More on Gold Prospecting
(This how the old-time gold prospectors did it.)
Confusion seems to persist among those who are new to small-scale gold mining when it comes to the difference between gold prospecting and gold mining. As I stated in a previous post, my definition is actually quite simple: "Gold prospecting is the art of looking for gold while gold mining is the art of recovering gold."
Tips for Smart Miners
One thing that you need to understand is that these two pursuits are not always mutually inclusive. Many old-time, single-blanket jackass prospectors spent their lives prospecting for gold but never stuck around long enough to really become miners.
Dying Art Form
Once they had made a discovery and perhaps sold it for a pittance, they moved on to follow that golden dream again and again. In the strictest sense, these hardy individualists were not really motivated by the finding of gold, but by the search for gold.
I've also said before that I believe gold prospecting is a dying art form. There are any number of reasons for this, including increased restrictions on access and the general availability of open areas to prospect (or mine, for that matter).
The Heart of the Matter
But the heart of the matter here is to pass on to you a bit more of what many of the oldtimers already knew about gold, gold geology, and mineralization. So here goes:
1) Gold is much more widely disseminated throughout nature than you may currently expect or realize.
The kicker here is, of course, that large concentrations of the precious yellow metal are much less disseminated and the very largest have already been located and mined for the most part. But, smaller, less-extensive gold veins and placers still await discovery by a new breed of hardy souls with "color" running through their veins and the knowledge, experience, and motivation to get out there and find these deposits.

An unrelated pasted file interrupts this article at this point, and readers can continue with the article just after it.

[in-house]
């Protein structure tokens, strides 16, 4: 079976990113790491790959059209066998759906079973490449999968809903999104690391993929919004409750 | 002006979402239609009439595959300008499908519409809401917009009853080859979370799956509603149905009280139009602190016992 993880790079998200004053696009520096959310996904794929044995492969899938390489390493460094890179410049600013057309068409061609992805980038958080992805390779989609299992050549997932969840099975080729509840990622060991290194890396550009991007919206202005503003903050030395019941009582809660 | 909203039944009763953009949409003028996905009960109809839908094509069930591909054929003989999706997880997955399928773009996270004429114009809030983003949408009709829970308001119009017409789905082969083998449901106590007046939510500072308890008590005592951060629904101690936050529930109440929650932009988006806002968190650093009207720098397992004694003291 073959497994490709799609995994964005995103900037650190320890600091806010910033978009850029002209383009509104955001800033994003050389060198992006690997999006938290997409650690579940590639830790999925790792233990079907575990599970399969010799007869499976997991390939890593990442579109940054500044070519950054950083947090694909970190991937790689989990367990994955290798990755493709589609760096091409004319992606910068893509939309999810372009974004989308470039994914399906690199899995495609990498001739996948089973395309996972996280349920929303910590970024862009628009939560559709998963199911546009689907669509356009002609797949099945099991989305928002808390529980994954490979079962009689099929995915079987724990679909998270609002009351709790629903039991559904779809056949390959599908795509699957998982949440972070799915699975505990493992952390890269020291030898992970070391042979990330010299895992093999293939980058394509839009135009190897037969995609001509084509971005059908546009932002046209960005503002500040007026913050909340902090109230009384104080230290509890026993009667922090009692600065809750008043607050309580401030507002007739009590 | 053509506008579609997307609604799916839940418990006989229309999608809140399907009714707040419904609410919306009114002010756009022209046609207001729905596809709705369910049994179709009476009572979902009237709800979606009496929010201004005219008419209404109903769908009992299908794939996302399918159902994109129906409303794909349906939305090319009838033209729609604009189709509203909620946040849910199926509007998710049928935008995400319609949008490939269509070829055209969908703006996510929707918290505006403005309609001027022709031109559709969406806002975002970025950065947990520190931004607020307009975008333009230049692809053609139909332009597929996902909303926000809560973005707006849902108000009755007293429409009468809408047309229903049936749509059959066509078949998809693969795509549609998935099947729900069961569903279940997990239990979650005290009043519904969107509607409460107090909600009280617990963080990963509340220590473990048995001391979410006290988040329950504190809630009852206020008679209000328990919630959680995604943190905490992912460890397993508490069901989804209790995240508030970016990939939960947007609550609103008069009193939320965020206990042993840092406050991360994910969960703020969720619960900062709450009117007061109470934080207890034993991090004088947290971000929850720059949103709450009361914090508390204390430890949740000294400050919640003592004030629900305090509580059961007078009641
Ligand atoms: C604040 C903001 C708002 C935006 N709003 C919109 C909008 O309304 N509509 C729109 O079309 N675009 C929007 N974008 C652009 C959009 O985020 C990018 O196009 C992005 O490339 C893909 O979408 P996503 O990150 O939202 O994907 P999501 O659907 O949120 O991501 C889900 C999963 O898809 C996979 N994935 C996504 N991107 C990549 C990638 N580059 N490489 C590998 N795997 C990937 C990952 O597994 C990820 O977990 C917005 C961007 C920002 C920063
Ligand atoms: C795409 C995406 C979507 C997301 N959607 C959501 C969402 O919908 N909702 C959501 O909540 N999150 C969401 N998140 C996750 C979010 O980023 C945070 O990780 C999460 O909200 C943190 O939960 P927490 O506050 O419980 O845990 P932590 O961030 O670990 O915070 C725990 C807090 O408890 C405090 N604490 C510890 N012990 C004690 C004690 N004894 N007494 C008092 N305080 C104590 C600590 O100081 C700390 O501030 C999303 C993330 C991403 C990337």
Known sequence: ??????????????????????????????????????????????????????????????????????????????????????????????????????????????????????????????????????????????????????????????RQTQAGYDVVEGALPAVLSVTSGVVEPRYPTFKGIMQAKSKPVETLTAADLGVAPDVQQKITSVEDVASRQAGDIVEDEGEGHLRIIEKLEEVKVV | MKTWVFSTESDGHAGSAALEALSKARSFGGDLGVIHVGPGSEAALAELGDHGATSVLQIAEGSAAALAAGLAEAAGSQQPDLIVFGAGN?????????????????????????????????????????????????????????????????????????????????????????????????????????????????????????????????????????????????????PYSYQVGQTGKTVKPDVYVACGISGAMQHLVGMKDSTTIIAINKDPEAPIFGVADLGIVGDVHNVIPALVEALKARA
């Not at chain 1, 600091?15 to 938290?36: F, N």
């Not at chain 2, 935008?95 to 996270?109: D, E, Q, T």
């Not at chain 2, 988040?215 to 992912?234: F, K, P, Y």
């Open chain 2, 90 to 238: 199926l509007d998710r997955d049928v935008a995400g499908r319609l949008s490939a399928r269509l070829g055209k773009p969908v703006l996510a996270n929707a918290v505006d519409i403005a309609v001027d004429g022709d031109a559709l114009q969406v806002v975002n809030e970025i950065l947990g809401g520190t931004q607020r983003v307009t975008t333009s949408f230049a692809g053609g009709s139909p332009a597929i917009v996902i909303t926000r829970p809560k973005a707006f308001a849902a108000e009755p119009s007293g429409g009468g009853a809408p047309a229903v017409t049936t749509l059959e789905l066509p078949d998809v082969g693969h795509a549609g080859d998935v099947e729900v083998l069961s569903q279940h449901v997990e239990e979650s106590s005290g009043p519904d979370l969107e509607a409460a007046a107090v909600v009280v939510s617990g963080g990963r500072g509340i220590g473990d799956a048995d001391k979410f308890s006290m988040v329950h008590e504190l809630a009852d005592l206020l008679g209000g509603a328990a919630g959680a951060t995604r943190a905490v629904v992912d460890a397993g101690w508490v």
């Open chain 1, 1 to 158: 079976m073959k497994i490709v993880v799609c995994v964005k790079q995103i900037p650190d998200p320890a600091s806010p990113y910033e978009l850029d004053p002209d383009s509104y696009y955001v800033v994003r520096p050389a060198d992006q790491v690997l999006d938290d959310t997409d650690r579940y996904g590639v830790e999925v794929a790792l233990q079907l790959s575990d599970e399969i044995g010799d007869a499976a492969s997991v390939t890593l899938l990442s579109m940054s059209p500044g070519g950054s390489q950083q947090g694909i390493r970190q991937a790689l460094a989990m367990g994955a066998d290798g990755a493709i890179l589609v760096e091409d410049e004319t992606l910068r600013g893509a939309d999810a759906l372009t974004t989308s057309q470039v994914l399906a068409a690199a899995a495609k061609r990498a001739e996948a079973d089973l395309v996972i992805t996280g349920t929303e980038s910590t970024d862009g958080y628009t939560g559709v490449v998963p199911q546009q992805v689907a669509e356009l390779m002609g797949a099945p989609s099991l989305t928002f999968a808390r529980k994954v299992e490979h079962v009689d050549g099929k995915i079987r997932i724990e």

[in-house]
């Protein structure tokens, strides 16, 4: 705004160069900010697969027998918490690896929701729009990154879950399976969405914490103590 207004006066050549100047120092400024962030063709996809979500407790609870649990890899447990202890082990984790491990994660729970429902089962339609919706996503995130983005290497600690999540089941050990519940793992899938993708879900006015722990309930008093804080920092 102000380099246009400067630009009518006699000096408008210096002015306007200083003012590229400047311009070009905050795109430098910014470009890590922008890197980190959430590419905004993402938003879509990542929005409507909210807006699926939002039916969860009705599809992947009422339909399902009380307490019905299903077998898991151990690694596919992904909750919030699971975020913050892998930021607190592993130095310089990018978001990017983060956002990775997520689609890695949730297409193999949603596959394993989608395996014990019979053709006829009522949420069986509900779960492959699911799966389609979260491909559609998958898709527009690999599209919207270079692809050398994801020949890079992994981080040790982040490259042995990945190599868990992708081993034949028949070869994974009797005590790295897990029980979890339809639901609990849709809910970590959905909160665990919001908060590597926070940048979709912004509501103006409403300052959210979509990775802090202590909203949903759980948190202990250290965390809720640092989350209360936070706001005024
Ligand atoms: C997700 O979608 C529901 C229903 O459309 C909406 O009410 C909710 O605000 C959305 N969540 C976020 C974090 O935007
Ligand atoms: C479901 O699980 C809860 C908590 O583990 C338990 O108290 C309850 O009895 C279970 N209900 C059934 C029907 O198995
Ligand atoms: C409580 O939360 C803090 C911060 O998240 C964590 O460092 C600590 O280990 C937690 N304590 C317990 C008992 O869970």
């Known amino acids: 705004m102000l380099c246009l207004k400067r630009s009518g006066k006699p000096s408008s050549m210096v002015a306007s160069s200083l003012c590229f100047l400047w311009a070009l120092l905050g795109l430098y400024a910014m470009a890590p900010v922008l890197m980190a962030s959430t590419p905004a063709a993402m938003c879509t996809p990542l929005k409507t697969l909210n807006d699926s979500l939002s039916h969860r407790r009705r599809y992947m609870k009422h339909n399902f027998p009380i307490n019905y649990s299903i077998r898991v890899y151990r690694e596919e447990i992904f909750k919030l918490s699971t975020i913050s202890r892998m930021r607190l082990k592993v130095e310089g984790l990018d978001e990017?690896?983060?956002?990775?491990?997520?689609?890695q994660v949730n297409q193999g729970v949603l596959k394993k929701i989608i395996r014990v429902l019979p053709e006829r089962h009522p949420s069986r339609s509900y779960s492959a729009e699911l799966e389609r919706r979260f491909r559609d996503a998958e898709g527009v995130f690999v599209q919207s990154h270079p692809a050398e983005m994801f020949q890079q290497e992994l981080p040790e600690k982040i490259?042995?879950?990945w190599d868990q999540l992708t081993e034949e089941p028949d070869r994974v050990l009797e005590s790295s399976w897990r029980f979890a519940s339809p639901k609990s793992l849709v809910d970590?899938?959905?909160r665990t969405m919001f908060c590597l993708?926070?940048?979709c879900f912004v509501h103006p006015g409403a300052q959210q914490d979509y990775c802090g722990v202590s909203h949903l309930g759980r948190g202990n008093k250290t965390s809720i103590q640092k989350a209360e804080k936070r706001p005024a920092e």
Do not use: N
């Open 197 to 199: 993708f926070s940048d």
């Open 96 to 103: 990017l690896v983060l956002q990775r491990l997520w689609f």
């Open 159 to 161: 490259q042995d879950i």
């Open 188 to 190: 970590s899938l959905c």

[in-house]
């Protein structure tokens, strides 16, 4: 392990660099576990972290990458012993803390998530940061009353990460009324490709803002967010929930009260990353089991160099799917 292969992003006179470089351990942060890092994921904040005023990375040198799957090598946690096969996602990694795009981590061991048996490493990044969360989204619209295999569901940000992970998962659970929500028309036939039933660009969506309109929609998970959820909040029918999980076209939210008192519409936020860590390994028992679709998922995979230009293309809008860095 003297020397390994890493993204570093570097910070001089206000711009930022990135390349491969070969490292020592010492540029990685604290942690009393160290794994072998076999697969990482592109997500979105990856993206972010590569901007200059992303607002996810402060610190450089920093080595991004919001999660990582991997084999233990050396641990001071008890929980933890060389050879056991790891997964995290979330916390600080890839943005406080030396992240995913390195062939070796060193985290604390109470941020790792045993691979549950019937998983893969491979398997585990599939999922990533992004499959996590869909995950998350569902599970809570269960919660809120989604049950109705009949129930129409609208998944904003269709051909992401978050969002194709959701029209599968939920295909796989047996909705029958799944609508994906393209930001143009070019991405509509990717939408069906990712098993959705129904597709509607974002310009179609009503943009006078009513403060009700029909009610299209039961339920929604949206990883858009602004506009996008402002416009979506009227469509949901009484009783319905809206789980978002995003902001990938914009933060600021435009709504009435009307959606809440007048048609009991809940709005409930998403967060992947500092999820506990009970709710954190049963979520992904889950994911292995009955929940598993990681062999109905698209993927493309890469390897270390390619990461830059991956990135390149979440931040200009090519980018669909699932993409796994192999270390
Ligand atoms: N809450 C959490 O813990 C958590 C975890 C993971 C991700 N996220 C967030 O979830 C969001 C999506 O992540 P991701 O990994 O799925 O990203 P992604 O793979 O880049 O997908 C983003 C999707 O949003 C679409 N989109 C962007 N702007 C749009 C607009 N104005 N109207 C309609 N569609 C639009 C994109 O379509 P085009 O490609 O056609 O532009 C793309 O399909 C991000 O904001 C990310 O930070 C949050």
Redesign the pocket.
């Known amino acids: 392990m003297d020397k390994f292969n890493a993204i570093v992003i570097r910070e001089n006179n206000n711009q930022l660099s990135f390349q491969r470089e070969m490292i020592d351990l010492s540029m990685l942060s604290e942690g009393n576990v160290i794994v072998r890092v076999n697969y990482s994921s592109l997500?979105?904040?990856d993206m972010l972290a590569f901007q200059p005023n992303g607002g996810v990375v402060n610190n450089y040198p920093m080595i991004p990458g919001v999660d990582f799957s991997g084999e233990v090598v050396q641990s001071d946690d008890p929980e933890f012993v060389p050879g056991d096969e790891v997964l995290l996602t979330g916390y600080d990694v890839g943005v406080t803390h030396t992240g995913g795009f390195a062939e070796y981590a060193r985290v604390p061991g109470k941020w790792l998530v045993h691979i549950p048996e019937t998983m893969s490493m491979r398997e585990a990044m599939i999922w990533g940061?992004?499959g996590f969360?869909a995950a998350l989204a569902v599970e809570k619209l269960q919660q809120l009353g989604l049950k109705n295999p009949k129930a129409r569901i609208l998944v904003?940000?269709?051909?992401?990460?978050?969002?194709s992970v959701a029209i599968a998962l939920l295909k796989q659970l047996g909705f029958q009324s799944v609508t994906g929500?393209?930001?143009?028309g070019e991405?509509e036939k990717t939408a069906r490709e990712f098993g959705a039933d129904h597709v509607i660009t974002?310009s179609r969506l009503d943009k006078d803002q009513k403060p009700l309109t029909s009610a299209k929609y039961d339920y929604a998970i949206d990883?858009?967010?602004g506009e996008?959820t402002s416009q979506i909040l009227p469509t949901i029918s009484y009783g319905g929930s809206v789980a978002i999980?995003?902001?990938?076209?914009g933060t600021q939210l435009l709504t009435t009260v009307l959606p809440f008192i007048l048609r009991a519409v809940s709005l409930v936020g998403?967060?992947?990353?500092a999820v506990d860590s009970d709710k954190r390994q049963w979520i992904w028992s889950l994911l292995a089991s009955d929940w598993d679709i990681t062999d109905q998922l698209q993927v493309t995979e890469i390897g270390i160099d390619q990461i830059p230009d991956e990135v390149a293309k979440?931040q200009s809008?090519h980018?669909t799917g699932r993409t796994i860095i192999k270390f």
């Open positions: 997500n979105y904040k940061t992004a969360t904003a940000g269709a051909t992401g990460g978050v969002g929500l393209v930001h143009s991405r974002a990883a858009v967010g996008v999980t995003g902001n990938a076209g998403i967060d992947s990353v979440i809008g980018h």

(This is one example of what you're looking for.)
2) Gold can be found in just about any type of geological formation from the very oldest to the very newest.
That said, I've learned from both study and direct field experience that the best types of geological formations for gold mineralization are those with the greatest amount of changes that have taken place over time. These changes include fissuring, faulting, elevational changes and tilting, folding, vulcanism, and last but not least: strong metamorphic changes in the texture and overall mineral composition of host or "country" rock.
3) Certain visual clues are good indicators of gold's presence nearby.
When you're out and about prospecting keep your eyes open for things like quartz "float" or stringers or veins of quartz that appear "rusty" or "rotten" and crumbly; iron pyrites or pyritic crystals in quartz or other rock; garnets; magnetite and hematite; zircon or monzanite; rocks with a range of colors in them; and sudden or abrupt changes in surrounding vegetation or earth color. These are all indicators that strong mineralization has taken place and precious metals may be part of that mineralization.
Dickies Work Clothes
(Note: You've probably noticed that I didn't mention heavy black sands as a visual clue here. One reason is that magnetite and hematite are constituents of most black sand deposits. Secondly, the presence of black sands is widespread and is NOT an indicator of gold of and by itself. Remember that and you'll save yourself a lot of hassle and wasted effort if you're a fledgling prospector or gold miner. J.R.)
That's all for now. I wish you good health and good luck out there.
If you liked this post, you may want to read: "Gold Ore Fire Assays"
(c) J.R. 2010
Questions? E-mail me at firstname.lastname@example.org